Thursday, 20 Feb 2020

You are here

Azathioprine Adverse Events Associated with TPMT Polymorphisms

Azathioprine (AZA) is widely used in the treatment of several autoimmune diseases. Its use and optimal dosing may be limited by adverse drug reactions (ADRs). Thiopurine S-methyltransferase (TPMT) is an important enzyme involved in AZA metabolism.

AZA is a pro-drug that is rapidly converted into 6-mercaptopurine (6-MP) via a glutathione-dependent process. TPMT is an important cytoplasmic enzyme catalyzing the methylation of 6-MP leading to the active metabolite 6-TGN.. 

Approximately 4%-11% of individuals are heterozygous for a mutant TPMT allele and have intermediate TPMT activity. Fewer (approximately 1 in 300) will be homozygous or compound heterozygous and have very low or absent TPMT activity. Individuals with intermediate TPMT activity accumulate 50% more 6-TGNs when compared with normal or high TPMT activity and thus at increased risk of AZA-induced ADRs. Patients with deficient TPMT activity rapidly accumulate high doses of 6-TGNs, and are at risk for major bone marrow toxicity.

Although several clinical guidelines recommend determining TPMT genotype or phenotype before initiating AZA therapy, there is no consensus on this issue.  Hence, a metanalysis of 11 published studies and 651 patients with autoimmune diseases studied the associations between AZA TPMT polymorphisms and ADRs.

Of the 384 patients analyzed, 101 patients had ADRs - 14.9% of ADR+ patients were TPMT polymorphism positive and 6.4%  of the 283 no-ADR patients were TPMT polymorphisms positive. TPMT polymorphisms were significantly associated with AZA-induced overall ADRs (OR 3.12; 96%CI 1.48–6.56), bone marrow toxicity (3.76; 1.97–7.17) and gastric intolerance (6.43; 2.04–20.25). These findings were strongest in asians rather than caucasians.  TPMT polymorphisms were not associated with hepatotoxicity.

These studies included patiens with both heterozygous and homozygous TPMT polymorphisms. But, subanalyses indicated that TPMT heterosigosity was also associated with AZA-induced overall bone marrow toxicity.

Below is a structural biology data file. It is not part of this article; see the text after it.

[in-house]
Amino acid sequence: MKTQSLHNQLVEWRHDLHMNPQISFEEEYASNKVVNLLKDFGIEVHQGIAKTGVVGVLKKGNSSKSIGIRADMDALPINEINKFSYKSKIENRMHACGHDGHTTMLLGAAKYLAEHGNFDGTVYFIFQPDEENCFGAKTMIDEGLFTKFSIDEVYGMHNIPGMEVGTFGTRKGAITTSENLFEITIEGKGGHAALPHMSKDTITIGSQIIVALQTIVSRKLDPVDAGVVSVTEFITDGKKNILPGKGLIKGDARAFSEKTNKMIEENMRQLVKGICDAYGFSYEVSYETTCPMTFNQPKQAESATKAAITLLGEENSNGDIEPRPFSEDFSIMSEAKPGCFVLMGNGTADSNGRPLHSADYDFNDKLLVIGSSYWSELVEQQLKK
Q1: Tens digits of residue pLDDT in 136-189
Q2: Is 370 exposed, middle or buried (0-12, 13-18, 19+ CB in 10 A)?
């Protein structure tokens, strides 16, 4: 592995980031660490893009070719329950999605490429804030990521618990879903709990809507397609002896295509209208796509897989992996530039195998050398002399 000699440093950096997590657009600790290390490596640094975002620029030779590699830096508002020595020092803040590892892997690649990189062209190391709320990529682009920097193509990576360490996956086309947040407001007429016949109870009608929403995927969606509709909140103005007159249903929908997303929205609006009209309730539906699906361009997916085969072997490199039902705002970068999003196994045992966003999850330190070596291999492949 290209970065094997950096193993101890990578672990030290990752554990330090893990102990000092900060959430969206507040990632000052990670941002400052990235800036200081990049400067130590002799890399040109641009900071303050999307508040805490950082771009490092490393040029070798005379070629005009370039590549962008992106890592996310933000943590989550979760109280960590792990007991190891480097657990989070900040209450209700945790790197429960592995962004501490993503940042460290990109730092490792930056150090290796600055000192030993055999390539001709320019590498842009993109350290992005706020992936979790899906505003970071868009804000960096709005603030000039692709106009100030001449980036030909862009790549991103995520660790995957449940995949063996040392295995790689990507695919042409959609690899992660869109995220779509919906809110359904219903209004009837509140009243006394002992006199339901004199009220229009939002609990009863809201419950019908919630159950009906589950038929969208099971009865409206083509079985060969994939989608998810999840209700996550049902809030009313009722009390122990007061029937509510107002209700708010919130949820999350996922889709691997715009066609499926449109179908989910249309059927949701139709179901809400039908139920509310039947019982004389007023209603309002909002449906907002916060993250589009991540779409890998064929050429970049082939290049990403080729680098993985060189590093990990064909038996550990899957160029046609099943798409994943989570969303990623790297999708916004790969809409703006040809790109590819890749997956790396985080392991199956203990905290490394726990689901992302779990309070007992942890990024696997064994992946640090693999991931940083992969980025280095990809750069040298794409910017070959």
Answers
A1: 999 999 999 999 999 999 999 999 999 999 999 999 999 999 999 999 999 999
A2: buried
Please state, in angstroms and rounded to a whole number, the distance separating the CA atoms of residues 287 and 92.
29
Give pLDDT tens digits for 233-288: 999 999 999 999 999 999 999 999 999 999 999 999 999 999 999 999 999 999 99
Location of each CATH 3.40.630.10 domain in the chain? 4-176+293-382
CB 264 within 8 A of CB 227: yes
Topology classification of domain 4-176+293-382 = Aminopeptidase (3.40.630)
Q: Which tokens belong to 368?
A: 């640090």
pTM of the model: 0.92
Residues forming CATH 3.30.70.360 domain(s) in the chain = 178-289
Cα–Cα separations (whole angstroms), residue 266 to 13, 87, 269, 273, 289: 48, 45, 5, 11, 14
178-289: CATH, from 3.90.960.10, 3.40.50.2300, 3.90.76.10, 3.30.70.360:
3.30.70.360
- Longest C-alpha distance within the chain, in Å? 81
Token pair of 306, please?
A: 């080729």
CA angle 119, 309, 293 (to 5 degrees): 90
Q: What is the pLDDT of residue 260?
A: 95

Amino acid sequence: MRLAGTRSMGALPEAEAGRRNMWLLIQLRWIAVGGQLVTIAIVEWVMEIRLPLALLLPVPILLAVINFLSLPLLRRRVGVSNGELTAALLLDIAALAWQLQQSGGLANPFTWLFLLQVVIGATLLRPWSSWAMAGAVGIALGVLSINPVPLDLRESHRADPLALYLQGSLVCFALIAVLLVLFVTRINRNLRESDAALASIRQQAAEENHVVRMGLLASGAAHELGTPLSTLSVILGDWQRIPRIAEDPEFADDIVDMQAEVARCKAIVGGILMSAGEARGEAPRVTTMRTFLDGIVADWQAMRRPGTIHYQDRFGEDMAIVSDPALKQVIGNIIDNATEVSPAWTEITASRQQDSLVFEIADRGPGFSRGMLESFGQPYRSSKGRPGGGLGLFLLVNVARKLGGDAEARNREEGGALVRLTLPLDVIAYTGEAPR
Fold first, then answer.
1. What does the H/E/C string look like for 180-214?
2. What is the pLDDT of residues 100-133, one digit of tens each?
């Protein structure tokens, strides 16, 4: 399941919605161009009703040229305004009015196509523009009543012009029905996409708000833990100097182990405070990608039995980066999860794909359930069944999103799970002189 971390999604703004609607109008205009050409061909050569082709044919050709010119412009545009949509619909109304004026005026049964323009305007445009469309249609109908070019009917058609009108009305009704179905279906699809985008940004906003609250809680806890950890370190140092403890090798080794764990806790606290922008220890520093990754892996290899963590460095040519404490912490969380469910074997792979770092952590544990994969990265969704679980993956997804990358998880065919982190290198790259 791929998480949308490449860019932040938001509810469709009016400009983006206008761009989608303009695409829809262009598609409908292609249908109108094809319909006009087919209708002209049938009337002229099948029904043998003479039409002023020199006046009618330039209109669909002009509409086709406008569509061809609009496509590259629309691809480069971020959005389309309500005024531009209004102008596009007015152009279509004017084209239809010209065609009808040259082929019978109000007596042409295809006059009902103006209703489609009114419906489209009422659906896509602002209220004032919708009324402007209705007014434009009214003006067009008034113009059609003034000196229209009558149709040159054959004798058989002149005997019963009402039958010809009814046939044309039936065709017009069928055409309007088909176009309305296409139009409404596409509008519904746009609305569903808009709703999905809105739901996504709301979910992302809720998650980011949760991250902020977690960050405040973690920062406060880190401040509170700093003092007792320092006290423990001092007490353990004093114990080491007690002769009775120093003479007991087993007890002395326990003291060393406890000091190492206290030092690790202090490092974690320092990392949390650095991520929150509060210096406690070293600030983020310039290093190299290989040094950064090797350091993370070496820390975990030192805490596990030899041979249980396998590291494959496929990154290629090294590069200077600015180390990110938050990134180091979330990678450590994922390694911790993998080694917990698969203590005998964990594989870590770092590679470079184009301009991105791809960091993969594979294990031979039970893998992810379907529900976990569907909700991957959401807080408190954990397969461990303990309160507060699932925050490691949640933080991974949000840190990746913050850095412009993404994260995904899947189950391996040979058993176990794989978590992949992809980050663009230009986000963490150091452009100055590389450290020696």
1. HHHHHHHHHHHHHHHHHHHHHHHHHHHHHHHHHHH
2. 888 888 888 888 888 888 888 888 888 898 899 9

While a TPMT polymorphism may be associated with an increased risk of AZA-induced ADRs, the presence of normal TPMT genotypes does not preclude the development of ADRs during AZA treatment. TPMT polymorphism explains a variable proportion of AZA-related ADRs, but in no way explain all episodes of ADRs.  Therefore, laboratory monitoring remains an essential measure to ensure AZA safety.


The author has no conflicts of interest to disclose related to this subject

Add new comment

More Like This

Overmedication of America

Recent research from the Lown Institute reports that 750 older Americans are hospitalized daily because of serious side effects from and the core problem is that of polypharmacy, especially in the elderly. 

Best of 2019 - Biologic Safety Guidelines from the British Society for Rheumatology

In the United Kingdom, NICE has looked to the British Society of Rheumatology (BSR) to develop evidence based guidance on the safe use of biologic DMARDs in patients with inflammatory arthritis. This guidance document on biologic safety covers baseline screening, monitoring, effect of co-morbidities, and when or under what circumstances biologic therapy should be interrupted.

Best of 2019 - Methotrexate and the Risk of Lung Disease

Rheumatology has a comprehensive overview of methotrexate (MTX) and the risk of lung injury, MTX-related pneumonitis and interstitial lung disease (RA-ILD) with rheumatoid arthritis (RA). Past reports suggest the frequence of MTX-pneumonitis to be between 0.3 and 11.6%; recent studies suggest it may be much lower.

No Cancer Risk with Systemic Necrotizing Vasculitis

The French Vasculitis Study Group has published that patients with systemic necrotizing vasculitis do not have an increased risk of malignancy; in fact they have a risk that is similar to the general population.

Previous reports have suggested either no risk or a declining risk in the era of better therapies for vasculitis. 

FDA Warns 15 CBD Manufacturers

Today, the U.S. Food and Drug Administration issued warning letters to 15 companies for illegally selling products containing cannabidiol (CBD) in ways that violate the Federal Food, Drug, and Cosmetic Act (FD&C Act).  This warning affirms that the FDA has not determined the many preparations of cannabidiol to be safe or effective.